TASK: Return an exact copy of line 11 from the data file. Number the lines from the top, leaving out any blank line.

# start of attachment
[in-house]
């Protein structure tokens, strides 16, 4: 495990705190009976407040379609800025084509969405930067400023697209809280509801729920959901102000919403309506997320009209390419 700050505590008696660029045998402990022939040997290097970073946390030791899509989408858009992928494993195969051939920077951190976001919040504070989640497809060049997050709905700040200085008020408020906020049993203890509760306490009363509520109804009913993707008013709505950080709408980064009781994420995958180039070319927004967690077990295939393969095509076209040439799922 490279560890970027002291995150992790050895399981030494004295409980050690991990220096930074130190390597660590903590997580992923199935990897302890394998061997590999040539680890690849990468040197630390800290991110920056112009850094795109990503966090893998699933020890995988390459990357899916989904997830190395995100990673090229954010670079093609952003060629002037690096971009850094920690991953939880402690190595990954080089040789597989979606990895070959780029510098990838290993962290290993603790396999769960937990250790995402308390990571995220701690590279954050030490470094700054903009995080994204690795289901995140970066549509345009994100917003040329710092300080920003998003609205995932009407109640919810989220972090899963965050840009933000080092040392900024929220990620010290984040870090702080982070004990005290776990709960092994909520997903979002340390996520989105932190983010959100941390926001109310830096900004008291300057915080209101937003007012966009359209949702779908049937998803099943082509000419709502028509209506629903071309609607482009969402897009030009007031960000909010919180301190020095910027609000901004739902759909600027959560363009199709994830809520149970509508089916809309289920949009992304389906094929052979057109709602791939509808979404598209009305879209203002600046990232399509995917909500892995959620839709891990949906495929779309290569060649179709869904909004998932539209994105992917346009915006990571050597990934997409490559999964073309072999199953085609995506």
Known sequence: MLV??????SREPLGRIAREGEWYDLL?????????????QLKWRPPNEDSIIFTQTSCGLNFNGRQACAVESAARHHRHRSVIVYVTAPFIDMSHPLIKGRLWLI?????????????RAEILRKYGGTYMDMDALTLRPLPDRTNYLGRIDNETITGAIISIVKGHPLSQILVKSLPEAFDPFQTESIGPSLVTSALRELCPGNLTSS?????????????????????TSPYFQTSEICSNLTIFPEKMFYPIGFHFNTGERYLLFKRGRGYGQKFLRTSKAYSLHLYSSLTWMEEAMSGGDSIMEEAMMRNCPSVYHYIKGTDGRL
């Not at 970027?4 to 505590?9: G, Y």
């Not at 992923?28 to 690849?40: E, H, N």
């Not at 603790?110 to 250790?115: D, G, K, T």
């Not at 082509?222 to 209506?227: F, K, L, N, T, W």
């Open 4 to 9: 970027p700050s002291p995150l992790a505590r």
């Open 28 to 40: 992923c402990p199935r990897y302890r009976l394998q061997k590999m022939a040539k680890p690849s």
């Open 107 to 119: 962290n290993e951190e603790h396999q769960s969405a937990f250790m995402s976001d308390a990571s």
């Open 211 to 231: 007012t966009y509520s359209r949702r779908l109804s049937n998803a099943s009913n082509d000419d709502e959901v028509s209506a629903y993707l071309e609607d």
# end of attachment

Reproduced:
């Open 211 to 231: 007012t966009y509520s359209r949702r779908l109804s049937n998803a099943s009913n082509d000419d709502e959901v028509s209506a629903y993707l071309e609607d």